ITEM 1A.     RISK FACTORS
We operate in a rapidly changing environment that involves a number of risks, some of which are beyond our control. This discussion highlights some of the risks which may affect future operating results. These are the risks and uncertainties we believe are most important for you to consider. Additional risks and uncertainties not presently known to us, which we currently deem immaterial or which are similar to those faced by other companies in our industry or business in general, may also impair our business operations. If any of the following risks or uncertainties actually occurs, our business, financial condition and operating results would likely suffer.
We operate in an emerging market, which makes it difficult to evaluate our business and future prospects.
Robots represent a new and emerging market. Accordingly, our business and future prospects are difficult to evaluate. We cannot accurately predict the extent to which demand for consumer robots will increase, if at all. You should consider the challenges, risks and uncertainties frequently encountered by companies using new and unproven business models in rapidly evolving markets. These challenges include our ability to:
generate sufficient revenue and gross margin to maintain profitability;
acquire and maintain market share in our consumer market;
attract and retain customers of our consumer robots;
attract and retain additional engineers and other highly-qualified personnel; and
expand our product offerings beyond our existing robots.
If we fail to successfully address these and other challenges, risks and uncertainties, our business, results of operations and financial condition would be materially harmed.
Our financial results often vary significantly from quarter-to-quarter due to a number of factors, which may lead to volatility in our stock price.
Our quarterly revenue and other operating results have varied in the past and are likely to continue to vary significantly from quarter-to-quarter in the future. These fluctuations may be due to numerous factors including:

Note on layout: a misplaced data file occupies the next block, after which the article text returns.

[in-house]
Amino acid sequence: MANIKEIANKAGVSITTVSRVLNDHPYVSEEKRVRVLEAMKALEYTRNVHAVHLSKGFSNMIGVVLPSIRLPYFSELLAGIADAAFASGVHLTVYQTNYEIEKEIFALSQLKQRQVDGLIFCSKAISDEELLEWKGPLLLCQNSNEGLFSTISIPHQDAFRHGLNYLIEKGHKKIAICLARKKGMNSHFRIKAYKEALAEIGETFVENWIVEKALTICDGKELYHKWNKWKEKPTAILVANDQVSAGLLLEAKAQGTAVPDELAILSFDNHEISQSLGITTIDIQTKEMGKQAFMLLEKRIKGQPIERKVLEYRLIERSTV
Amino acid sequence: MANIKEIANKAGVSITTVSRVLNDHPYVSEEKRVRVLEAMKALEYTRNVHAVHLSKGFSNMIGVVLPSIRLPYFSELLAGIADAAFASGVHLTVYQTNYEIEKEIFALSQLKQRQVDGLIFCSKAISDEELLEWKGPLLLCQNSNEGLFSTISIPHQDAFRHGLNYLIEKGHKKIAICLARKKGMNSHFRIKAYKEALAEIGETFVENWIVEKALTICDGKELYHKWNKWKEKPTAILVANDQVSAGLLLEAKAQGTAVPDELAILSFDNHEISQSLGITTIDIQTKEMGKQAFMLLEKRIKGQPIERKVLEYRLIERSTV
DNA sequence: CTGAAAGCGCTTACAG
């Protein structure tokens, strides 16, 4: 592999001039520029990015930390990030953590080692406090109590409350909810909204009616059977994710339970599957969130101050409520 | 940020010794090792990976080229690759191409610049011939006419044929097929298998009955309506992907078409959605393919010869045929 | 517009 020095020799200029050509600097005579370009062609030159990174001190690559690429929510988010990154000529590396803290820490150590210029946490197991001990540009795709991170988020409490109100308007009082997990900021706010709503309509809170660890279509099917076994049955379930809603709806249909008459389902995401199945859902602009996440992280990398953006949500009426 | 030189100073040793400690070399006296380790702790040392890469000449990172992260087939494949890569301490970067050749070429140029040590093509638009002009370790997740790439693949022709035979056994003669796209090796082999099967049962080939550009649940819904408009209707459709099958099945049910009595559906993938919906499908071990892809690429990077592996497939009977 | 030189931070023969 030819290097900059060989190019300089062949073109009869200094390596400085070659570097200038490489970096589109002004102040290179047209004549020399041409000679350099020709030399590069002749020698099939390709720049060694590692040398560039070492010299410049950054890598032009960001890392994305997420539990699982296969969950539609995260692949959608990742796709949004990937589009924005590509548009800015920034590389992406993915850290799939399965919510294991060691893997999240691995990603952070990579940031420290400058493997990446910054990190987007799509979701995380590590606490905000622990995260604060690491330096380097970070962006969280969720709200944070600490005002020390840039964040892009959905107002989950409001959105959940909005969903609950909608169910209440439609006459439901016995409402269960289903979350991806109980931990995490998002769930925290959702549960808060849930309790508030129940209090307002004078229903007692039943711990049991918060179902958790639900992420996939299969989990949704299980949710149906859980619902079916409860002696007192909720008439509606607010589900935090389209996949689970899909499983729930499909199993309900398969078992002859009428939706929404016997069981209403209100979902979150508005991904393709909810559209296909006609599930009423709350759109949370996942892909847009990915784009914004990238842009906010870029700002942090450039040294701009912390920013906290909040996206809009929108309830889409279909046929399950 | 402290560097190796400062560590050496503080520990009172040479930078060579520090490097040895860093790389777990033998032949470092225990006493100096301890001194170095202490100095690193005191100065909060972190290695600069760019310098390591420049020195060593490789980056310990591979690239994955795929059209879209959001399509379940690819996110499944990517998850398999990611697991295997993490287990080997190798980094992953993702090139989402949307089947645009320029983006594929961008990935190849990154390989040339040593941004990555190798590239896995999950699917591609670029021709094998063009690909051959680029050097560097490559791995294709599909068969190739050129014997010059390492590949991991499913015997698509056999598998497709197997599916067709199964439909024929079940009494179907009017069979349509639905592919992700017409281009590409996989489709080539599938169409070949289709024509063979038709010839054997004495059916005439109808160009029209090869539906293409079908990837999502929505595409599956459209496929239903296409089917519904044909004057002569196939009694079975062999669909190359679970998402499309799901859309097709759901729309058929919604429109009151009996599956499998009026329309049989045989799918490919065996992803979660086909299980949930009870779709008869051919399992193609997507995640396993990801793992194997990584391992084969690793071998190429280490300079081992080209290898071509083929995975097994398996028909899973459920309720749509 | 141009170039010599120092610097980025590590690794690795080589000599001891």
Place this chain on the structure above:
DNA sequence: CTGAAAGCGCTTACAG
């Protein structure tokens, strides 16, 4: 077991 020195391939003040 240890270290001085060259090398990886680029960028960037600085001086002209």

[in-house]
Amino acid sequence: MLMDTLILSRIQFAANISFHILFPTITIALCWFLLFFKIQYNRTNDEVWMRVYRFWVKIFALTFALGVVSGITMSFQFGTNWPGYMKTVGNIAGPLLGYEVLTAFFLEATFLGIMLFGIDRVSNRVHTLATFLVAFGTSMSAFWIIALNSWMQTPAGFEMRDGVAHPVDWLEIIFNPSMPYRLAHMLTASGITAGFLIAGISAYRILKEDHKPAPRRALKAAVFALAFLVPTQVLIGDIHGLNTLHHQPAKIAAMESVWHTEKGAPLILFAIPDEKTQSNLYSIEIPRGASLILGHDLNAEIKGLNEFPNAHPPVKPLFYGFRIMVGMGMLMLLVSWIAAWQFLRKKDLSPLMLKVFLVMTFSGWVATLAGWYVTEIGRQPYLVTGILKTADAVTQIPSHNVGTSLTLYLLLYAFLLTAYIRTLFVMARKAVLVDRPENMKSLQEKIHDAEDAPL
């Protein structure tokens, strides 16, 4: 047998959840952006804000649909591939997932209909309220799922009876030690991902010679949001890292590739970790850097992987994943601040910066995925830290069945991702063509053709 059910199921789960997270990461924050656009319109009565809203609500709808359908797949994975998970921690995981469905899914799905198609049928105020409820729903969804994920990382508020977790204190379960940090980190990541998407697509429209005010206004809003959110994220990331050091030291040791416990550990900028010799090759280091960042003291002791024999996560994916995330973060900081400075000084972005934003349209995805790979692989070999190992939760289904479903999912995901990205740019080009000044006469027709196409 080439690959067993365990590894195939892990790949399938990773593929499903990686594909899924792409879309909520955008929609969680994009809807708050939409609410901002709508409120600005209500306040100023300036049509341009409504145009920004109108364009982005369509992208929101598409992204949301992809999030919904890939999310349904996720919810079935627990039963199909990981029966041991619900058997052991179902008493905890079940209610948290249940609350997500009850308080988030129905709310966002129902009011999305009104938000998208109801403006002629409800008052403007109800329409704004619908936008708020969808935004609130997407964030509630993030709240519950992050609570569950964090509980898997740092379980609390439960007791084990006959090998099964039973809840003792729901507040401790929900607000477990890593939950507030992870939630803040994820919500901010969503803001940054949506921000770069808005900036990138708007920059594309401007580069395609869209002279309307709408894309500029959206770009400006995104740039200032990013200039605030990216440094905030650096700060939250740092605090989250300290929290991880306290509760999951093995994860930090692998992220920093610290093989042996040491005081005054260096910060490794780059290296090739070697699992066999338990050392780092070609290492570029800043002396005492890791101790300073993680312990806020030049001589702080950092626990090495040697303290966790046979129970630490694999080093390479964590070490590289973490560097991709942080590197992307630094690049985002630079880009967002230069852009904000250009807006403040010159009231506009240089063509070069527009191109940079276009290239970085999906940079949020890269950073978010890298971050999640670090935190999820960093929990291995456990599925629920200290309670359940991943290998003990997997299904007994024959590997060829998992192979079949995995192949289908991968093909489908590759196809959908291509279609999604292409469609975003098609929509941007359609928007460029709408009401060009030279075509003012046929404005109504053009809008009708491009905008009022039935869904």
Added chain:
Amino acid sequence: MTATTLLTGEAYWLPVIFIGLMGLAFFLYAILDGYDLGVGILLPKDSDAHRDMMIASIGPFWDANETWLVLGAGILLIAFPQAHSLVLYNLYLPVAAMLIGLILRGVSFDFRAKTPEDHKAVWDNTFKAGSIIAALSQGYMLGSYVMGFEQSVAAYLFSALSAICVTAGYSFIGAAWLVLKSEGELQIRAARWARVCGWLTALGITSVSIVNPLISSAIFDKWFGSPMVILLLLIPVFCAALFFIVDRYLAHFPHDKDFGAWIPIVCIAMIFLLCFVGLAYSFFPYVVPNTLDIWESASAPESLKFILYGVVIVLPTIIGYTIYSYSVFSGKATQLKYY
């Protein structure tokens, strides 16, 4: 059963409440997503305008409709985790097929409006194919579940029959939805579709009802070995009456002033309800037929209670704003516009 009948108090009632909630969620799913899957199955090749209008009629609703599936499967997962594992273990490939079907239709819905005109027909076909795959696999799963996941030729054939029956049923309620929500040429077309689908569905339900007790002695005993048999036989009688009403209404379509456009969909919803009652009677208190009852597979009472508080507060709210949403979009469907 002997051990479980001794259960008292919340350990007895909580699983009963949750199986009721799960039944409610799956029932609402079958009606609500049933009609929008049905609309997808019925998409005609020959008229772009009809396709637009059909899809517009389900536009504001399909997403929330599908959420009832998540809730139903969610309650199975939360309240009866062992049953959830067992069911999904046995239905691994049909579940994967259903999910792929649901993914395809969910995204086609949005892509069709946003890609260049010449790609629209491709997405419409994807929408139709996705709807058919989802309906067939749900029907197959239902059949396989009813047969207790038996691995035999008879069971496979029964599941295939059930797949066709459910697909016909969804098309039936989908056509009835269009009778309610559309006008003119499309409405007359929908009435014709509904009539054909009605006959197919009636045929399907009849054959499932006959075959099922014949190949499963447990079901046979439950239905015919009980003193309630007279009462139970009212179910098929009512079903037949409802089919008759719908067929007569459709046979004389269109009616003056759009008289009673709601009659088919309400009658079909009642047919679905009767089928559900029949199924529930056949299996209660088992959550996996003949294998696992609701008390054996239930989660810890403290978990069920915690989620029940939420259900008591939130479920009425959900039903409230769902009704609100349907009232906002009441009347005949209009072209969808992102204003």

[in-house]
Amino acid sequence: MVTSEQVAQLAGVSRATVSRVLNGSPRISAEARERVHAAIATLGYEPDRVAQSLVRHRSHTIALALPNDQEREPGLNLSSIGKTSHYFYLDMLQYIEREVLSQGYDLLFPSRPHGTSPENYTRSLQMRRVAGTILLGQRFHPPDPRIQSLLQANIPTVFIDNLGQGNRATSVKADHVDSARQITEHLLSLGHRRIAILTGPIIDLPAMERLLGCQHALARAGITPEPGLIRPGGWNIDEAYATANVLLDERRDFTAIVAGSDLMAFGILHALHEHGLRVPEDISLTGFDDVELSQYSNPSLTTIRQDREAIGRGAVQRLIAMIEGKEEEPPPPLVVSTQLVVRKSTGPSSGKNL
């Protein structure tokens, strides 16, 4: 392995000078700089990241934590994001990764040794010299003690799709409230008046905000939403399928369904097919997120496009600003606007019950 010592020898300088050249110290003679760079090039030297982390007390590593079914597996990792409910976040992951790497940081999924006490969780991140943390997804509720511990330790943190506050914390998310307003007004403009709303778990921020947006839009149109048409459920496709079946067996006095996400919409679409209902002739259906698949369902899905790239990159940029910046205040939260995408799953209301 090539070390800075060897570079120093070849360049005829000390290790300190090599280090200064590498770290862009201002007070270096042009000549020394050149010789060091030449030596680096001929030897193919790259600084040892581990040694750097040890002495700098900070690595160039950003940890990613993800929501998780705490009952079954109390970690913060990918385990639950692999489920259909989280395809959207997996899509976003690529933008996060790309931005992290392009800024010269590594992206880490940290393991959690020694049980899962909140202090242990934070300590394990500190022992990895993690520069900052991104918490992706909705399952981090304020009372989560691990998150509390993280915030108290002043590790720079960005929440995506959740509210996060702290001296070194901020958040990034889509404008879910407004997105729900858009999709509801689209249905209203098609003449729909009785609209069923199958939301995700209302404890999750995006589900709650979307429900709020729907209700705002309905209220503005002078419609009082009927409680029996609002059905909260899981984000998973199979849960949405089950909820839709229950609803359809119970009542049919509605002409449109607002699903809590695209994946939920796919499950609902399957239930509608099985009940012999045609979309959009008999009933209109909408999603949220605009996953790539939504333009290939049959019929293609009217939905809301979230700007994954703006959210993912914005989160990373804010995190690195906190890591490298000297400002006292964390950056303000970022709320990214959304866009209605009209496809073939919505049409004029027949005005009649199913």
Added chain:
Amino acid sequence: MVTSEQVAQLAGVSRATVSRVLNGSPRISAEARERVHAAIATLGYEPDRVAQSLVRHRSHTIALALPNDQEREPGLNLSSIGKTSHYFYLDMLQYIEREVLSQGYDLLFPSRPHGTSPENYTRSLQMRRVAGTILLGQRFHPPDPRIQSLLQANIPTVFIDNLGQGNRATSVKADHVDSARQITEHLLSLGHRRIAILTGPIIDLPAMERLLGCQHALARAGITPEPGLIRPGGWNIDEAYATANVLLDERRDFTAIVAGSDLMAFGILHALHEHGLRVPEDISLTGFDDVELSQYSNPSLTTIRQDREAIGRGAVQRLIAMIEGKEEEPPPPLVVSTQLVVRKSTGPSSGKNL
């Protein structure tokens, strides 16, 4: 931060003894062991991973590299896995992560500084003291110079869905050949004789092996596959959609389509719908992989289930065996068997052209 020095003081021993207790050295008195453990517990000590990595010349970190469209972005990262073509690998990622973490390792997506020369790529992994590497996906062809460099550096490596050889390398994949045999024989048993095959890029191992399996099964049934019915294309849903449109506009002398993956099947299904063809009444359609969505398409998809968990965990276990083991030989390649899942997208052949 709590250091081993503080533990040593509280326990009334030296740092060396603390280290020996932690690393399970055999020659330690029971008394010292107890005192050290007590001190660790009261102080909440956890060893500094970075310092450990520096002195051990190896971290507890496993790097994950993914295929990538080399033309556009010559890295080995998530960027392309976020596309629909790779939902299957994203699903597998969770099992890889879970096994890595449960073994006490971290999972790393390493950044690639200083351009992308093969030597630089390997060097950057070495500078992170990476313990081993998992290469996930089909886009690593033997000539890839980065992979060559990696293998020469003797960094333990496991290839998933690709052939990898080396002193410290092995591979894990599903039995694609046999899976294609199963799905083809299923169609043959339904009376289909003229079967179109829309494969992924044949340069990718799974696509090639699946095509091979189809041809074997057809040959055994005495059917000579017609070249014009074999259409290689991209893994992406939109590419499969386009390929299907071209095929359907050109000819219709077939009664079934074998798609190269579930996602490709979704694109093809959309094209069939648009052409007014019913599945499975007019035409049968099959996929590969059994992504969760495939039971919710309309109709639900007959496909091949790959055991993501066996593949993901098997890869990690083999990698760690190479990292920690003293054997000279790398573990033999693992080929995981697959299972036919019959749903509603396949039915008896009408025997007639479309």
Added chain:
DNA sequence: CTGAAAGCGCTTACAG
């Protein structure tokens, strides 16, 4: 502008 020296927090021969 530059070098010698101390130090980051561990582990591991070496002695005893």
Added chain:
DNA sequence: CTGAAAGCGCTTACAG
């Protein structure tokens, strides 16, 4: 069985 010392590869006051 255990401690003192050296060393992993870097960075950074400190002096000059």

the size, timing and mix of orders from retail stores and distributors for our consumer robots;
the mix of products that we sell in the period;
disruption of supply of our products from our manufacturers;
disruptions to our supply chain due to inclement weather, labor disruptions or other factors beyond our control;
seasonality in the sales of our products;
the timing of new product introductions;
unanticipated costs incurred in the introduction of new products;
costs and availability of labor and raw materials;
costs of freight;
changes in our rate of returns for our consumer products;
our ability to introduce new products and enhancements to our existing products on a timely basis; and
warranty costs associated with our consumer products.
We cannot be certain that our revenues will grow at rates that will allow us to maintain profitability during every fiscal quarter, or even every fiscal year. We base our current and future expense levels on our internal operating plans and sales forecasts, including forecasts of holiday sales for our consumer products. A significant portion of our operating expenses, such as research and development expenses, certain marketing and promotional expenses and employee wages and salaries, do not vary directly with sales and are difficult to adjust in the short term. As a result, if sales for a quarter are below our expectations,

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we might not be able to reduce operating expenses for that quarter. Accordingly, a sales shortfall during a fiscal quarter, and in particular the fourth quarter of a fiscal year, could have a disproportionate effect on our operating results for that quarter or that year. Because of quarterly fluctuations, we believe that quarter-to-quarter comparisons of our operating results are not necessarily meaningful. Moreover, our operating results may not meet expectations of equity research analysts or investors. If this occurs, the trading price of our common stock could fall substantially either suddenly or over time.
Global economic conditions and any associated impact on consumer spending could have a material adverse effect on our business, results of operations and financial condition.
Continued economic uncertainty and reductions in consumer spending, particularly in certain international markets such as the European Union, China and Japan, may result in reductions in sales of our consumer robots. Additionally, disruptions in credit markets may materially limit consumer credit availability and restrict credit availability of our retail customers, which would also impact purchases of our consumer robots. Any reduction in sales of our consumer robots, resulting from reductions in consumer spending or continued disruption in the availability of credit to retailers or consumers, could materially and adversely affect our business, results of operations and financial condition.
In addition, on November 21, 2016, we entered into an agreement with Sales On Demand Corporation, or SODC, a privately-held corporation based in Tokyo, Japan, to acquire SODC's iRobot distribution business. This acquisition is expected to close in April 2017. As a result of our planned integration of distribution operations in Japan and the corresponding higher exit costs in the market, a significant decrease in demand for our products in Japan could have a detrimental impact on our financial condition.